“Africa is home to seven of the world’s ten fastest-growing economies. People are often surprised when I say that, but it’s true. And we are approaching Africa as a continent of opportunity and a place for growth, not just a site of endless conflict and crisis. All over the world, we are turning to economic solutions for strategic challenges; for example, using new financial tools to squeeze Iran’s nuclear program. And we’re stepping up commercial diplomacy, what I like to call jobs diplomacy, to boost U.S. exports, open new markets, lower the playing field – level the playing field for our businesses. And we’re building the diplomatic capacity to execute this agenda so that our diplomats are out there every single day promoting our economic agenda.” 

One of the problems, however, is that the pragmatic approach articulated by the Secretary doesn’t trickle down through the bureaucracy. This is especially true, ironically, of the State Department’s primary development diplomacy arm, USAID, which has a deeply entrenched culture of being anti-business. It’s a huge problem, and part of the reason why American foreign policy in Africa has been so slow to adjust to new economic realities.

Security drives US Africa Policy

Security drives US Africa Policy

Academics schooled in all the latest development orthodoxies but lacking the most basic understanding of economic or business history have flocked to USAID, so that the suggestion that American economic interests should guide development policy – making it a win-win for Africa and America – is anathema. It’s also why the Chinese are running all over the US in Africa.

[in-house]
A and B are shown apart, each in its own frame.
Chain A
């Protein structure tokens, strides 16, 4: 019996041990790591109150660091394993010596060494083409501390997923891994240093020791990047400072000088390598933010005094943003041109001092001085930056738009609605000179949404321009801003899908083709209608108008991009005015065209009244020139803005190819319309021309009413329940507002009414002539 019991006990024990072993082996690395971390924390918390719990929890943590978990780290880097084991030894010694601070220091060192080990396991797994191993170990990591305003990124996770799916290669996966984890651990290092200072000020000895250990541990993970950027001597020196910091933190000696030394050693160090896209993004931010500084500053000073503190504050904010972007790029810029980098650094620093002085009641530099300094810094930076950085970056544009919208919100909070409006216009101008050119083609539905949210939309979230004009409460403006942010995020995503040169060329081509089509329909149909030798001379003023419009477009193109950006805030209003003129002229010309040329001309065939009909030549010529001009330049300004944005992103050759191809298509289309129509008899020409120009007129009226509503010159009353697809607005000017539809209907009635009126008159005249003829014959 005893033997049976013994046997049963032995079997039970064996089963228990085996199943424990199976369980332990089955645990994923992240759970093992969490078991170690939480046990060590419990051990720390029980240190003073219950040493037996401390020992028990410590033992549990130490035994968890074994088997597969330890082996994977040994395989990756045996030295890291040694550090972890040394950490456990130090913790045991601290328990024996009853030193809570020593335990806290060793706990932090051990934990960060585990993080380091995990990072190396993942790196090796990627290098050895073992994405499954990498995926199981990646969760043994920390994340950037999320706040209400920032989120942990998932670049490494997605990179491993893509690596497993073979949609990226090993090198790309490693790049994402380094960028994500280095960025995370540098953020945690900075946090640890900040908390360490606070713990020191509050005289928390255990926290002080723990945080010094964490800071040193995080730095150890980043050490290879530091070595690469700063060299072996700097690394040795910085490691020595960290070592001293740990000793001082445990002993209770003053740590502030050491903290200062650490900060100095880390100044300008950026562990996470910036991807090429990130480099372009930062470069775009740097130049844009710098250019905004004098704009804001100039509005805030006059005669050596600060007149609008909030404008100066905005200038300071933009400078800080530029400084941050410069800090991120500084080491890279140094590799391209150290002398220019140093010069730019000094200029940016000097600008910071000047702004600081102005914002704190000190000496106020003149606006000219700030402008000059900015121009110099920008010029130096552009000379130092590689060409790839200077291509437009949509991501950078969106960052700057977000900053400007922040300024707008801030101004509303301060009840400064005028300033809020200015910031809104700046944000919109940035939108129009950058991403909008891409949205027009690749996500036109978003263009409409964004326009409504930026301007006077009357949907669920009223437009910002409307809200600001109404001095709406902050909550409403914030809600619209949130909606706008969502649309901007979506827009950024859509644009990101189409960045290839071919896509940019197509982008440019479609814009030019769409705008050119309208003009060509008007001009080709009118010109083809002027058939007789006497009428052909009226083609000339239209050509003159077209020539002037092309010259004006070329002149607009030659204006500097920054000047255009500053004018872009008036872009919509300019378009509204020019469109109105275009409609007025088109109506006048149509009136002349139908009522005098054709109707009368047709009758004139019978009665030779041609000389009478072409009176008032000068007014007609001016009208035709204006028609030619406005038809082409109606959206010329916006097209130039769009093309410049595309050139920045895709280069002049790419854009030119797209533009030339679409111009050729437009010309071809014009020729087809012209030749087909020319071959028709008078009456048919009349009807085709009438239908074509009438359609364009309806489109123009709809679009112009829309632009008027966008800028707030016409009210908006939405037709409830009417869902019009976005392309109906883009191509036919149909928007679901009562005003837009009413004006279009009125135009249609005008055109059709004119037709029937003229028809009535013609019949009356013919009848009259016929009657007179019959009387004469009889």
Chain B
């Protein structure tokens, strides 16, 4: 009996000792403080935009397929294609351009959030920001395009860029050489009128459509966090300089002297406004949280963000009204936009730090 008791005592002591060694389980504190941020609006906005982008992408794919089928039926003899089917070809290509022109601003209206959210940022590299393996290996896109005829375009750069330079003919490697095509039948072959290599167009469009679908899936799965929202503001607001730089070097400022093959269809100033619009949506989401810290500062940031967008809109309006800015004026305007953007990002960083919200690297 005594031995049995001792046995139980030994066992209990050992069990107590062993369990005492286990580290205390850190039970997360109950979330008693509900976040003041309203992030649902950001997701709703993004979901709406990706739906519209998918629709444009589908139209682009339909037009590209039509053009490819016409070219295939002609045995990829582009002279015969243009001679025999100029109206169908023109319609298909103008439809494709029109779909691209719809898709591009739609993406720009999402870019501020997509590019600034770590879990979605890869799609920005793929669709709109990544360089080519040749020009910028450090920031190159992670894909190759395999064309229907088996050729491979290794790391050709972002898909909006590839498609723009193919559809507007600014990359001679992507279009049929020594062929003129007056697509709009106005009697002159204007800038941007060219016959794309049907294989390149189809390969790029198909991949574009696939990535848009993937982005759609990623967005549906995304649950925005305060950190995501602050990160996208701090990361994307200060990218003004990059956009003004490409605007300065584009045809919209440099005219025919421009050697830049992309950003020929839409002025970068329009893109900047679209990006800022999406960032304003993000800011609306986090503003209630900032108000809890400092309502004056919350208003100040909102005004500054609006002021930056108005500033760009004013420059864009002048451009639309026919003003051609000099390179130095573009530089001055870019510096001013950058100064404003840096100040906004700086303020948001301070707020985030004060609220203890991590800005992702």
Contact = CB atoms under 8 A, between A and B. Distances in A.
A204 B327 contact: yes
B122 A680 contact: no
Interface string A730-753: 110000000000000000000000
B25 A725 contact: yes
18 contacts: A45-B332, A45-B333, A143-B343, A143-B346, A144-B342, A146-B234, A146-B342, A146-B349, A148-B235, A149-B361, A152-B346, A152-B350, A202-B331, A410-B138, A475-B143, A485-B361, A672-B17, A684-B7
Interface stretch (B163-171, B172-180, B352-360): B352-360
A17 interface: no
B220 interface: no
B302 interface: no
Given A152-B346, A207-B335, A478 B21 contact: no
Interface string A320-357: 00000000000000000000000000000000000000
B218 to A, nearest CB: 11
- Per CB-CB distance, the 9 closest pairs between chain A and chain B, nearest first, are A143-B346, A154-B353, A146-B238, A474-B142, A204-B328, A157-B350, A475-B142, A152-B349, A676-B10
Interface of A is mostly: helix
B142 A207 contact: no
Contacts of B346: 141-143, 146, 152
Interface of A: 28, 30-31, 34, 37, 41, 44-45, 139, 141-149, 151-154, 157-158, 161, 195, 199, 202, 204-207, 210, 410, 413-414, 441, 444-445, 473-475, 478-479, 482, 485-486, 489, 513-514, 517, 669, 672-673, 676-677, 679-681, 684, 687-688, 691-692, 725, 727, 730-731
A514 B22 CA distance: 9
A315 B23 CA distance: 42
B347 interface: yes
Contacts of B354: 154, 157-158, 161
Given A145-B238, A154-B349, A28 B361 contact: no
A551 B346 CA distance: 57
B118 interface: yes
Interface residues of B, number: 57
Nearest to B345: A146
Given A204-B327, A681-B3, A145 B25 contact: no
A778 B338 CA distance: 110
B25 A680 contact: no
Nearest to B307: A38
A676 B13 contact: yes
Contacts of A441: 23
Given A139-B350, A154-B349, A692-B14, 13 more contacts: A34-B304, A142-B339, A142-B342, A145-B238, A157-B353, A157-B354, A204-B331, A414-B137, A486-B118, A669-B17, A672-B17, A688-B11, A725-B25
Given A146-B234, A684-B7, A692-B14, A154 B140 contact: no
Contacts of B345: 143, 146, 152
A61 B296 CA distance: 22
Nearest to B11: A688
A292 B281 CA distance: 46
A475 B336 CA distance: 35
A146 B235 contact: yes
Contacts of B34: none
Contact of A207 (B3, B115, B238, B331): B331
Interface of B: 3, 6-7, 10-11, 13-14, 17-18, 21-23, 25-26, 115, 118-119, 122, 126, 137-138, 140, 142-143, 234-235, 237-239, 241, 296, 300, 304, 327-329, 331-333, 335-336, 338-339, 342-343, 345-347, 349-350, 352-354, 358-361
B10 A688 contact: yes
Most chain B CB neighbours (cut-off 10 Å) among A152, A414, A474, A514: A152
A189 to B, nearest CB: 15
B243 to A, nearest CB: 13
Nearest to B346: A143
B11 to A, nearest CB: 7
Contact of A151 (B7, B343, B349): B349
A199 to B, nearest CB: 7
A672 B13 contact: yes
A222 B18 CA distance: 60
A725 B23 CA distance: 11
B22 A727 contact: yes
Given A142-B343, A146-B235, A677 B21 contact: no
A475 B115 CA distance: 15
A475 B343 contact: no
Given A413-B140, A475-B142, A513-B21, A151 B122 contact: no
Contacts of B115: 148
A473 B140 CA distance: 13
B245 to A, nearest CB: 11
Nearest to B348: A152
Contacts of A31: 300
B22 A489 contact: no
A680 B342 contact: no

As a prominent economic historian recently remarked in the Telegraph, “While we [Western governments] indulge our Victorian urge to give alms to the Africans, Beijing is pumping black gold.” And this is just it. As long as the US approaches Africa as a beggar needing to be saved and not as a business partner worthy of attention, both sides will continue to lose out.

In this respect, what Africa does not need is another “old Africa hand” steeped in conventional development ideas and old dogmas about what’s wrong with Africa and why the US must atone for the West’s sins. For this reason alone, John Kerry – not Susan Rice – probably stands a better chance, as the next Secretary of State, at putting American foreign policy toward Africa on a more solid footing.